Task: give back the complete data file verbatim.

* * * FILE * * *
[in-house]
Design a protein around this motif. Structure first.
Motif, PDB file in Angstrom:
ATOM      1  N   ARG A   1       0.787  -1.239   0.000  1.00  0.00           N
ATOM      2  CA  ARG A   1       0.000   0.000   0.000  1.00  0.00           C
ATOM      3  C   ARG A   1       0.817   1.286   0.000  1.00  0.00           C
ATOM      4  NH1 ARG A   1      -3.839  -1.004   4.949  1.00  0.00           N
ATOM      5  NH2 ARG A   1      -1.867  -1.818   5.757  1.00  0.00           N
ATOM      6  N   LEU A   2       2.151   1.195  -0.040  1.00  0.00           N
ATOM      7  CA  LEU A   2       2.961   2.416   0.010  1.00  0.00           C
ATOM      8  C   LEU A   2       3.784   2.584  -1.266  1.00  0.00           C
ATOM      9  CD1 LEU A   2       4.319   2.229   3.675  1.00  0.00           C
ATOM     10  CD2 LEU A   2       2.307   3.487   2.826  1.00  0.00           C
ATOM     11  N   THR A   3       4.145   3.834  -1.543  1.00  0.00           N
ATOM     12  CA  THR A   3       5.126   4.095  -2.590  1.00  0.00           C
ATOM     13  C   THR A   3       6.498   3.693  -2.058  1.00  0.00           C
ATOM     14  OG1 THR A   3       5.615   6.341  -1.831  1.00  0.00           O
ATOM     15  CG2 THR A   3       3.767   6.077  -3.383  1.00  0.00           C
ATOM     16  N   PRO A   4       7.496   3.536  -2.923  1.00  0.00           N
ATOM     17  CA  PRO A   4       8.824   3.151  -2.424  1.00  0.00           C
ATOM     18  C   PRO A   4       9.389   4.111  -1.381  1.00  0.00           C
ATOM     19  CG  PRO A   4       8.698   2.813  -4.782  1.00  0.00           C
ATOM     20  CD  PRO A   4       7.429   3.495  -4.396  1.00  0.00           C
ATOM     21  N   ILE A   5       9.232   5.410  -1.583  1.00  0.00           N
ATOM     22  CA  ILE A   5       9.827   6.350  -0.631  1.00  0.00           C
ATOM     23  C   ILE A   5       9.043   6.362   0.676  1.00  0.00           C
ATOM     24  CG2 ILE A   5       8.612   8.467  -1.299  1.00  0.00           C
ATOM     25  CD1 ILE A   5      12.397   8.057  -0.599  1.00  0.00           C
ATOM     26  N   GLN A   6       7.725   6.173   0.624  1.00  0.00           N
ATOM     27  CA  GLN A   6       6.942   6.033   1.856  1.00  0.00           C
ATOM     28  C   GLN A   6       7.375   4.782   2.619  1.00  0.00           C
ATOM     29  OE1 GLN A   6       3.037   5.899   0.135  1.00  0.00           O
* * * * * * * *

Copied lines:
[in-house]
Design a protein around this motif. Structure first.
Motif, PDB file in Angstrom:
ATOM      1  N   ARG A   1       0.787  -1.239   0.000  1.00  0.00           N
ATOM      2  CA  ARG A   1       0.000   0.000   0.000  1.00  0.00           C
ATOM      3  C   ARG A   1       0.817   1.286   0.000  1.00  0.00           C
ATOM      4  NH1 ARG A   1      -3.839  -1.004   4.949  1.00  0.00           N
ATOM      5  NH2 ARG A   1      -1.867  -1.818   5.757  1.00  0.00           N
ATOM      6  N   LEU A   2       2.151   1.195  -0.040  1.00  0.00           N
ATOM      7  CA  LEU A   2       2.961   2.416   0.010  1.00  0.00           C
ATOM      8  C   LEU A   2       3.784   2.584  -1.266  1.00  0.00           C
ATOM      9  CD1 LEU A   2       4.319   2.229   3.675  1.00  0.00           C
ATOM     10  CD2 LEU A   2       2.307   3.487   2.826  1.00  0.00           C
ATOM     11  N   THR A   3       4.145   3.834  -1.543  1.00  0.00           N
ATOM     12  CA  THR A   3       5.126   4.095  -2.590  1.00  0.00           C
ATOM     13  C   THR A   3       6.498   3.693  -2.058  1.00  0.00           C
ATOM     14  OG1 THR A   3       5.615   6.341  -1.831  1.00  0.00           O
ATOM     15  CG2 THR A   3       3.767   6.077  -3.383  1.00  0.00           C
ATOM     16  N   PRO A   4       7.496   3.536  -2.923  1.00  0.00           N
ATOM     17  CA  PRO A   4       8.824   3.151  -2.424  1.00  0.00           C
ATOM     18  C   PRO A   4       9.389   4.111  -1.381  1.00  0.00           C
ATOM     19  CG  PRO A   4       8.698   2.813  -4.782  1.00  0.00           C
ATOM     20  CD  PRO A   4       7.429   3.495  -4.396  1.00  0.00           C
ATOM     21  N   ILE A   5       9.232   5.410  -1.583  1.00  0.00           N
ATOM     22  CA  ILE A   5       9.827   6.350  -0.631  1.00  0.00           C
ATOM     23  C   ILE A   5       9.043   6.362   0.676  1.00  0.00           C
ATOM     24  CG2 ILE A   5       8.612   8.467  -1.299  1.00  0.00           C
ATOM     25  CD1 ILE A   5      12.397   8.057  -0.599  1.00  0.00           C
ATOM     26  N   GLN A   6       7.725   6.173   0.624  1.00  0.00           N
ATOM     27  CA  GLN A   6       6.942   6.033   1.856  1.00  0.00           C
ATOM     28  C   GLN A   6       7.375   4.782   2.619  1.00  0.00           C
ATOM     29  OE1 GLN A   6       3.037   5.899   0.135  1.00  0.00           O